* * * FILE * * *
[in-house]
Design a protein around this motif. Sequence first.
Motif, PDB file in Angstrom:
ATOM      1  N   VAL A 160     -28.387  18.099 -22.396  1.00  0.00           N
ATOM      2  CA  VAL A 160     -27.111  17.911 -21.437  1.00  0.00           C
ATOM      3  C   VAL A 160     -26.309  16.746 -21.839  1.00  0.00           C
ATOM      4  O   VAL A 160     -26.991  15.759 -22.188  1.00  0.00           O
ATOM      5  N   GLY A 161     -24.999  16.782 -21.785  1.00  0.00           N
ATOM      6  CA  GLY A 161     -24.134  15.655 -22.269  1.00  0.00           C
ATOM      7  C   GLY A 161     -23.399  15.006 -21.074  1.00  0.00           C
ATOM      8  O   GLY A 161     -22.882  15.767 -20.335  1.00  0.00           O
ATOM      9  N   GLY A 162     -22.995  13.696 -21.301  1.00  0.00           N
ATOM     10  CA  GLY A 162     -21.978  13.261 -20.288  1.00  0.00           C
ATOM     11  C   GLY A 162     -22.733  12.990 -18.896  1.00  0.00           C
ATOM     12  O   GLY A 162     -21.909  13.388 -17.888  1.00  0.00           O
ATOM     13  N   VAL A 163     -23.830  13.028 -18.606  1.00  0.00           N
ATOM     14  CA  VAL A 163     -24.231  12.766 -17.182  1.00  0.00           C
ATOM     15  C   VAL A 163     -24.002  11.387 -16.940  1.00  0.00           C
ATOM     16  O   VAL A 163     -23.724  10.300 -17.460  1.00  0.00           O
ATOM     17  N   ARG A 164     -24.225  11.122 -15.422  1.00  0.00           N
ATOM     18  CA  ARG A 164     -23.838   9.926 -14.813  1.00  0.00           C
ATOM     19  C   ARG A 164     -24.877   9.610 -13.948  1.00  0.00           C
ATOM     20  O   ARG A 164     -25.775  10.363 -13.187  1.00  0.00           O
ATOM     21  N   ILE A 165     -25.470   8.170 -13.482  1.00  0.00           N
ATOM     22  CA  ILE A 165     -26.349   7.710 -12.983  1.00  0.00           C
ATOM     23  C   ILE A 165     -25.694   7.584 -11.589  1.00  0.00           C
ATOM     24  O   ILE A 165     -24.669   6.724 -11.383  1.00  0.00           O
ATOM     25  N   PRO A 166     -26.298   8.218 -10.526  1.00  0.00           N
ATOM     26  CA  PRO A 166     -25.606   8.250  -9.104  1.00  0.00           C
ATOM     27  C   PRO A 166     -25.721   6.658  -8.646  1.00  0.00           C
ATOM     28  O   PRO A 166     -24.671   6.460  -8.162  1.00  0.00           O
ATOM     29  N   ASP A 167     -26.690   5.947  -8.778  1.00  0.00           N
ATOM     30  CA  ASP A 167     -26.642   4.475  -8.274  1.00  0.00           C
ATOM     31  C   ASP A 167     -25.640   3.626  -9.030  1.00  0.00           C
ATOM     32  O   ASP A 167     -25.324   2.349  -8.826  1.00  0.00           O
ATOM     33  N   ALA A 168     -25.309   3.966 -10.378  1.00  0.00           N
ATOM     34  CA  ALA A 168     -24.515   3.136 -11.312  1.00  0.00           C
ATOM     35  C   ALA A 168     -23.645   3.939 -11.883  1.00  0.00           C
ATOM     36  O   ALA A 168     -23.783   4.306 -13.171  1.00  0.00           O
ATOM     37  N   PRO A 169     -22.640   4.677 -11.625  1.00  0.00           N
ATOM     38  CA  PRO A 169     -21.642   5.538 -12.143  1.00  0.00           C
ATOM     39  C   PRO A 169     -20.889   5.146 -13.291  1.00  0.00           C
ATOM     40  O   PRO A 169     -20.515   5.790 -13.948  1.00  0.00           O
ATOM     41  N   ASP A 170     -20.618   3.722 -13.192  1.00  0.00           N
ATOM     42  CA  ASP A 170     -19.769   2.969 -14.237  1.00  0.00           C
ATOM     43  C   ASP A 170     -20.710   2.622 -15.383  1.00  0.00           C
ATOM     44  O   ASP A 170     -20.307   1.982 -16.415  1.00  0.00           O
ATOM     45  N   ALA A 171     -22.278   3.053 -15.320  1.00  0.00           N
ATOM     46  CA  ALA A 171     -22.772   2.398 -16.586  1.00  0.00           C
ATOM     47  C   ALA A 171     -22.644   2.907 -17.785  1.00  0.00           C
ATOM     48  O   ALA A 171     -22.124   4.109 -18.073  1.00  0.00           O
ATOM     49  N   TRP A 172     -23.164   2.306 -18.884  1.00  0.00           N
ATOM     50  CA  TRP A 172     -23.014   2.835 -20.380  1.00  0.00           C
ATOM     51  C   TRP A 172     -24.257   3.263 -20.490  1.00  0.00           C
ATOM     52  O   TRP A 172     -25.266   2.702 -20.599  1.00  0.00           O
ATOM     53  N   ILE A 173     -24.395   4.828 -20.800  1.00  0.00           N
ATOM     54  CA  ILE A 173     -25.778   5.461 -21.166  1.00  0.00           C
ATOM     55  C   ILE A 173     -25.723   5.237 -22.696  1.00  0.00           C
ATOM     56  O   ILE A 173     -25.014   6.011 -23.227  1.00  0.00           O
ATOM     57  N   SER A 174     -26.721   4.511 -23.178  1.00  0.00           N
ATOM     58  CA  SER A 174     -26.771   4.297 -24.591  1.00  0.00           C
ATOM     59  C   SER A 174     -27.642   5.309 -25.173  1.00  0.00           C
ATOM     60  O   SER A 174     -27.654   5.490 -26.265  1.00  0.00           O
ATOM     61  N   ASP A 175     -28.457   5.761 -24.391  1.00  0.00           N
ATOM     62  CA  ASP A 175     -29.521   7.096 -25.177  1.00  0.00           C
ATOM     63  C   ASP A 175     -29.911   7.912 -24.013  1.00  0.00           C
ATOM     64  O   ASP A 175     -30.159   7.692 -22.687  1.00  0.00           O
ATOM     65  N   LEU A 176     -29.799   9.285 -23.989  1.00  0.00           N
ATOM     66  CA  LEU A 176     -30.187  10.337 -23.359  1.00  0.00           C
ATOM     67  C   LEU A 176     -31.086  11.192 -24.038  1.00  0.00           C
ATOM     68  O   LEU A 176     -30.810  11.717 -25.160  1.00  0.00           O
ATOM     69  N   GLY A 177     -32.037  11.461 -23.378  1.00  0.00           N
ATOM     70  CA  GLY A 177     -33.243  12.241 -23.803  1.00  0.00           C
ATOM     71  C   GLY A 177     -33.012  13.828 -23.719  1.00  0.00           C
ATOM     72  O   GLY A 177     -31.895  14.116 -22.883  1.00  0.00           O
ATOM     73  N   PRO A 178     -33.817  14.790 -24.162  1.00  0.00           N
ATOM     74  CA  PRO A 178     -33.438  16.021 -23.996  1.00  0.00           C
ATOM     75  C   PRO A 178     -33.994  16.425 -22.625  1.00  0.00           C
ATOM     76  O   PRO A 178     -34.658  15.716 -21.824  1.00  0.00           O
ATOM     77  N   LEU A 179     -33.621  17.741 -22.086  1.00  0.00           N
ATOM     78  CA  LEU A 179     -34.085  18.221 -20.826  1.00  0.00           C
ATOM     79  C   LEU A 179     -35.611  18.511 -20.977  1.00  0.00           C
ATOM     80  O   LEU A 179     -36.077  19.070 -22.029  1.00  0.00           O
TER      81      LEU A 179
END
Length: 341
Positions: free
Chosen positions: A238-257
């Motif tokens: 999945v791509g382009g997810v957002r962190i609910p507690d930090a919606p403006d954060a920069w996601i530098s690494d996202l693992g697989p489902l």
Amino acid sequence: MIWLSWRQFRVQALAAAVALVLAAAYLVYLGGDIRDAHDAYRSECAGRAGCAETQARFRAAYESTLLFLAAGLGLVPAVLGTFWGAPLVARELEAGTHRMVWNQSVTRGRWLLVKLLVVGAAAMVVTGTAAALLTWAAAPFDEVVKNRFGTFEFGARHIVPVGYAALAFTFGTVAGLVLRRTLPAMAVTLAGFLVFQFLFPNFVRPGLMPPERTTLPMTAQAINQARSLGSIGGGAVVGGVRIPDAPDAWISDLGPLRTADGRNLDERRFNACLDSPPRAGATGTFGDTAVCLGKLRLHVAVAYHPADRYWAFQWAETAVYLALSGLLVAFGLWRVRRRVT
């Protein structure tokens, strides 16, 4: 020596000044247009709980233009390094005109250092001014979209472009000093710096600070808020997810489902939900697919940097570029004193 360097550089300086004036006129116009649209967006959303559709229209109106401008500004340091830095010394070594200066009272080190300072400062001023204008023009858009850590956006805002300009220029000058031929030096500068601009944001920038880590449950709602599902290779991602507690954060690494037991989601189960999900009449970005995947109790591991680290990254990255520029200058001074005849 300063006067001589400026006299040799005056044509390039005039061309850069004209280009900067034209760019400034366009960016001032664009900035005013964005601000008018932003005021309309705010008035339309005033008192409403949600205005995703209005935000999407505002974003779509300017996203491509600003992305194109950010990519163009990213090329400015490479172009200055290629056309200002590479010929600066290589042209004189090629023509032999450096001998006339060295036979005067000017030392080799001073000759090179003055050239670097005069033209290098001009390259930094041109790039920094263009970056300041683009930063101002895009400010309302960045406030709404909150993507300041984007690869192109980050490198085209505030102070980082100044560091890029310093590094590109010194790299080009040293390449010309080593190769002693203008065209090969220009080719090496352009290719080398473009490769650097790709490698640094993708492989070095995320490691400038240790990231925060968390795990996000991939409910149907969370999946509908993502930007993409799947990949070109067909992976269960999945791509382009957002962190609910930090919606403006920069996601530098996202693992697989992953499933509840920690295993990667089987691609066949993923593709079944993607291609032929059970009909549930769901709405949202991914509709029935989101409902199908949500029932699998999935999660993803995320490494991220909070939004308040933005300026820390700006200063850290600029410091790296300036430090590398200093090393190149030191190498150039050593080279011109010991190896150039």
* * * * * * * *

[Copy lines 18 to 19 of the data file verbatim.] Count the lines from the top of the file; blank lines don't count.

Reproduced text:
ATOM     15  C   VAL A 163     -24.002  11.387 -16.940  1.00  0.00           C
ATOM     16  O   VAL A 163     -23.724  10.300 -17.460  1.00  0.00           O